Abstract

Deep neural networks train millions of parameters to achieve state-of-the-art performance on a wide foray of applications. However, finding a global minimum with gradient descent approaches leads to lengthy training times coupled with high computational resource requirements. To alleviate these concerns, the idea of fixed-random weights in deep neural networks is explored. More critically the goal is to maintain performance akin to fully trained models.

Metrics such as floating point operations per second and memory size are compared and contrasted for fixed-random and fully trained models. Additional analysis on downsized models that mimic the number of trained parameters of the fixed-random models, shows that fixed-random weights enable slightly higher performance. In a fixed-random convolutional model, ResNet achieves ∼57% image classification accuracy on CIFAR-10. In contrast, a DenseNet architecture, with only fixed-random filters in the convolutional layers, achieves ∼88% accuracy for the same task. DenseNet’s fully trained model achieves ∼96% accuracy, which highlights the importance of architectural choice for a high performing model.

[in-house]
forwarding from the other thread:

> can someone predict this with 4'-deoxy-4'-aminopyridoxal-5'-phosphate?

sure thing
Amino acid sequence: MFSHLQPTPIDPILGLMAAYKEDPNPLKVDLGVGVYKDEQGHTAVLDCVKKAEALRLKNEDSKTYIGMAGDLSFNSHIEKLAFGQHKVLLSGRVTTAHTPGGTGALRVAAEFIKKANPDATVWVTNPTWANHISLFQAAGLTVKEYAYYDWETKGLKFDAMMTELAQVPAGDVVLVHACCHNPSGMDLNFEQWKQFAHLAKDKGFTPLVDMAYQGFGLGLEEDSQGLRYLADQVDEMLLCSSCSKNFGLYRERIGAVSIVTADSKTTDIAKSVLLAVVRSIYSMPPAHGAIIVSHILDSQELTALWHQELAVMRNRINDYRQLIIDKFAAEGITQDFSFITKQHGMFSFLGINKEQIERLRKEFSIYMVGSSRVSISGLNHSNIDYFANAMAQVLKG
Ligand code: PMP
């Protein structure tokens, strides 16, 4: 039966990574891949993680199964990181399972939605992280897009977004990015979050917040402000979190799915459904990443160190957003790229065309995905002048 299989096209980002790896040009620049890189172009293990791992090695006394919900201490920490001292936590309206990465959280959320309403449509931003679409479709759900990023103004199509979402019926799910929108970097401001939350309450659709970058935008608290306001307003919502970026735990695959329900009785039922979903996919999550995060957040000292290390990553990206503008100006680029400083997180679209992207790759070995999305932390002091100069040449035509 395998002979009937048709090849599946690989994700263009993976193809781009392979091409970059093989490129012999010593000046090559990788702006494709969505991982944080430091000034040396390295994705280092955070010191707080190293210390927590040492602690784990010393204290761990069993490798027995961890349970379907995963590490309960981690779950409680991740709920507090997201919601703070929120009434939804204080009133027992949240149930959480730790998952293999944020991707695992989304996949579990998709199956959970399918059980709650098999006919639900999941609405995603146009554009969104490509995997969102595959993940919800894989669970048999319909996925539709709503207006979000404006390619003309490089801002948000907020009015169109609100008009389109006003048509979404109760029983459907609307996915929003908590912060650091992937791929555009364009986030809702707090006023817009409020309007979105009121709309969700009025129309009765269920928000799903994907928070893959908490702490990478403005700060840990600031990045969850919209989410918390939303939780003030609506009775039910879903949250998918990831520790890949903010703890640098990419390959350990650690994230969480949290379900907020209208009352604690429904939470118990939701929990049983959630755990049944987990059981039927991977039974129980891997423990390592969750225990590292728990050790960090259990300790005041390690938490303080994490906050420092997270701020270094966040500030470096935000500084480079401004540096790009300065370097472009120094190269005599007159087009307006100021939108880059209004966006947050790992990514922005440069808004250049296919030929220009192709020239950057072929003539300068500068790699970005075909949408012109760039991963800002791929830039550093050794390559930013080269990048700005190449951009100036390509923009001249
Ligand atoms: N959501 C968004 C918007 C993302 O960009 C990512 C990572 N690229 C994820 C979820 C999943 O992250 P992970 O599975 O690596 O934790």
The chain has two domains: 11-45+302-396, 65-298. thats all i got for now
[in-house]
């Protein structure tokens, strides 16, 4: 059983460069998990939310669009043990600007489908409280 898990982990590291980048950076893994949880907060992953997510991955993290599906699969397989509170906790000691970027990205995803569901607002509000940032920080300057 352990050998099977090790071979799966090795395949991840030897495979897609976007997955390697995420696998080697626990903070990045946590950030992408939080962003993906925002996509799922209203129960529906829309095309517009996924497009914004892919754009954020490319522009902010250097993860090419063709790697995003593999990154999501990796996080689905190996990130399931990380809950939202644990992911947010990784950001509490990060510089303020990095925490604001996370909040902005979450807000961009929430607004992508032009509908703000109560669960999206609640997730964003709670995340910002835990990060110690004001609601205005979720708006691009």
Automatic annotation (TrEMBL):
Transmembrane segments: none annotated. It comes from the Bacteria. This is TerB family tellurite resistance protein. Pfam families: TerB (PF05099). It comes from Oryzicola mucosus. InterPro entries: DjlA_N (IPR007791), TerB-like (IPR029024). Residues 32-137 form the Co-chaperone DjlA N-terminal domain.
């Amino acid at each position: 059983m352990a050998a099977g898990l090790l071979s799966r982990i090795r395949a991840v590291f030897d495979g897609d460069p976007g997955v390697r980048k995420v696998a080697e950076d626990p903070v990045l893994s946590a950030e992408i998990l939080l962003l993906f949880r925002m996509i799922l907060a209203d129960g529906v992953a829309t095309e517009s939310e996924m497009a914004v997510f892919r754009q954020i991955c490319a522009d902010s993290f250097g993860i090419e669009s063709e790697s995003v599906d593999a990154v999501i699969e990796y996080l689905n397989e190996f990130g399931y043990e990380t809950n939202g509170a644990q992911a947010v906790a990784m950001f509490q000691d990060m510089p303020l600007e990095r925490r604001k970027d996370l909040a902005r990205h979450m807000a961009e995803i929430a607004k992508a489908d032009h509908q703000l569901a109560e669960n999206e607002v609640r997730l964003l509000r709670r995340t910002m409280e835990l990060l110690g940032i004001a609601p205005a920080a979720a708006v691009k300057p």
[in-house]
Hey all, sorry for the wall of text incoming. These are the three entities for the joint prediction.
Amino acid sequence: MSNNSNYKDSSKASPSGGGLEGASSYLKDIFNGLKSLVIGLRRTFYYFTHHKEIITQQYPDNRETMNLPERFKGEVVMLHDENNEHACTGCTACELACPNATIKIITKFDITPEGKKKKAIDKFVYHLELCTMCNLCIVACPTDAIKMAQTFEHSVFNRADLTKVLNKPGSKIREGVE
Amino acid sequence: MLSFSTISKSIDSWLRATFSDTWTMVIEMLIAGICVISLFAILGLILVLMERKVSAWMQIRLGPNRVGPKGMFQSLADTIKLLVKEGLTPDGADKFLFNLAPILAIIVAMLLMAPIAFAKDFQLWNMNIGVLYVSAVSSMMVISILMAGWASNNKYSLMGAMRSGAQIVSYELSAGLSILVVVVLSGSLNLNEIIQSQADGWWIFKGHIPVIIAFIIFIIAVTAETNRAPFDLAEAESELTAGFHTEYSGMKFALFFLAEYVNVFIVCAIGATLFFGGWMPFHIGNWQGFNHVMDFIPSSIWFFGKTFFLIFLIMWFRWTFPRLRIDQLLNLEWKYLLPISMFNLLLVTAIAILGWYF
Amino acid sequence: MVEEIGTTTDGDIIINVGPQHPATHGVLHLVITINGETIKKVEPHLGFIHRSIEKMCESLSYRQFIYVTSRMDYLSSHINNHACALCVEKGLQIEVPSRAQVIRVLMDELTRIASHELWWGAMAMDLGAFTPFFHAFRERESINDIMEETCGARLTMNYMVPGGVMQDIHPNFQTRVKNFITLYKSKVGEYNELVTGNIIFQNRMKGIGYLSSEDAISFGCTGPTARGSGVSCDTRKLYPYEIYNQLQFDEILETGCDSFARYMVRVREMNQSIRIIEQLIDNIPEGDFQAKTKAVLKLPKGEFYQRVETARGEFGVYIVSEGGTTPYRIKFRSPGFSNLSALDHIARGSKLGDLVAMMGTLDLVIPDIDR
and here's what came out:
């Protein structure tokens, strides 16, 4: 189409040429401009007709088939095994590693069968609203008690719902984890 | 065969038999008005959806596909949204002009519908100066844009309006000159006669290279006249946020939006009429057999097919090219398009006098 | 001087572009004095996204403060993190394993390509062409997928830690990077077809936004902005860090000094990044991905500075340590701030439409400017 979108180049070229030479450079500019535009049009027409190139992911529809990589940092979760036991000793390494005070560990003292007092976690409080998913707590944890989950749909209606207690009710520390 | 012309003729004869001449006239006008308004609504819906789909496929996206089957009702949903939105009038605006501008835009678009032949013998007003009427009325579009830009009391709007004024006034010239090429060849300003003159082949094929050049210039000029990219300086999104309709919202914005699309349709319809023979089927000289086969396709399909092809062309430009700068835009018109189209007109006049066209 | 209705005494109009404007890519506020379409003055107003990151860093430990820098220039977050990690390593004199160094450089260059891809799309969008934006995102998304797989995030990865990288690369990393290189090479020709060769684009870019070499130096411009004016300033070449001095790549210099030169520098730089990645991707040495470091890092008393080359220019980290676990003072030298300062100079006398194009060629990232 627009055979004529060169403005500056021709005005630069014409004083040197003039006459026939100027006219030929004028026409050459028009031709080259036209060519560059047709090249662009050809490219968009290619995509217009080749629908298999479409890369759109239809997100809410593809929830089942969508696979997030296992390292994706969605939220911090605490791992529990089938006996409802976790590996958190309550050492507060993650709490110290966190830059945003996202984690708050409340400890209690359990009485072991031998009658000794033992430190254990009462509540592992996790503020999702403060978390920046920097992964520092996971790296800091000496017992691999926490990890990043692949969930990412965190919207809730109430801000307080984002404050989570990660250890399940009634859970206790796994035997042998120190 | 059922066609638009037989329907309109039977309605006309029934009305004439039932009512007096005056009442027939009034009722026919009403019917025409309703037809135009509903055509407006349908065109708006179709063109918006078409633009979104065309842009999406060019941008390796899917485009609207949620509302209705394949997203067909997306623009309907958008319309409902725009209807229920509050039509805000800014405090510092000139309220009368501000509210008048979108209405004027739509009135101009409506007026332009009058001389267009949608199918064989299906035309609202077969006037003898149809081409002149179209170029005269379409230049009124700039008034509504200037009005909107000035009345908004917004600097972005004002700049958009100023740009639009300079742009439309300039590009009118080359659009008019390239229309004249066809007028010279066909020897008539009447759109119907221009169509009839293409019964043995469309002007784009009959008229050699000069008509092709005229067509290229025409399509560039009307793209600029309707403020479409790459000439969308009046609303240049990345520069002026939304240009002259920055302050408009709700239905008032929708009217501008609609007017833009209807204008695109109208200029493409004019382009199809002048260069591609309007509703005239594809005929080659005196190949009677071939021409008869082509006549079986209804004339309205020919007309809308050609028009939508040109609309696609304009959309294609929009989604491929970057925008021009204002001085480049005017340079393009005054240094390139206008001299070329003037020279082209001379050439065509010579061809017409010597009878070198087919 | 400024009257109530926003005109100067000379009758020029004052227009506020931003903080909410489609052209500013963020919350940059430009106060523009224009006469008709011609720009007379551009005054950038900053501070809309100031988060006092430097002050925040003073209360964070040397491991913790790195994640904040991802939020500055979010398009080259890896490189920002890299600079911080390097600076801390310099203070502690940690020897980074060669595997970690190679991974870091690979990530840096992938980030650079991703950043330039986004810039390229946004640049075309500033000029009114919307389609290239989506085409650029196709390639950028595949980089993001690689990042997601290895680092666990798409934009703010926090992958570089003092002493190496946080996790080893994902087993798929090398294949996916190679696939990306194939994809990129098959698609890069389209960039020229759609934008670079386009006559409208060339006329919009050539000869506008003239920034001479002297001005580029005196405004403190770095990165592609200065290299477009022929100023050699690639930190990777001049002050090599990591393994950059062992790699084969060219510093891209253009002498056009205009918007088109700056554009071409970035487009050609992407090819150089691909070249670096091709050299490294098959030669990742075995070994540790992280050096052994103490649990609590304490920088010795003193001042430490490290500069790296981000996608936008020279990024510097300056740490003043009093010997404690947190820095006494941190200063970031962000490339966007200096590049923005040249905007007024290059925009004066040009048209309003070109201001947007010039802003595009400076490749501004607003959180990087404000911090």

To further understand the role of architectures, random projection networks trained using a least squares approximation learning rule are studied. In these networks, deep random projection layers and skipped connections are exploited as they are shown to boost the overall network performance. In several of the image classification experiments conducted, additional layers and skipped connectivity consistently outperform a baseline random projection network by 1% to 3%. To reduce the complexity of the models in general, a tensor decomposition technique, known as the Tensor-Train decomposition, is leveraged. The compression of the fully-connected hidden layer leads to a minimum ∼40x decrease in memory size at a slight cost in resource utilization. This research study helps to gain a better understanding of how random filters and weights can be utilized to obtain lighter models.

Publication Date

6-2019

Document Type

Thesis

Student Type

Graduate

Degree Name

Computer Engineering (MS)

Department, Program, or Center

Computer Engineering (KGCOE)

Advisor

Dhireesha Kudithipudi

Advisor/Committee Member

Cory Merkel

Advisor/Committee Member

Raymond Ptucha

Comments

This thesis has been embargoed. The full-text will be available on or around 8/26/2020.

Campus

RIT – Main Campus

Available for download on Tuesday, August 25, 2020

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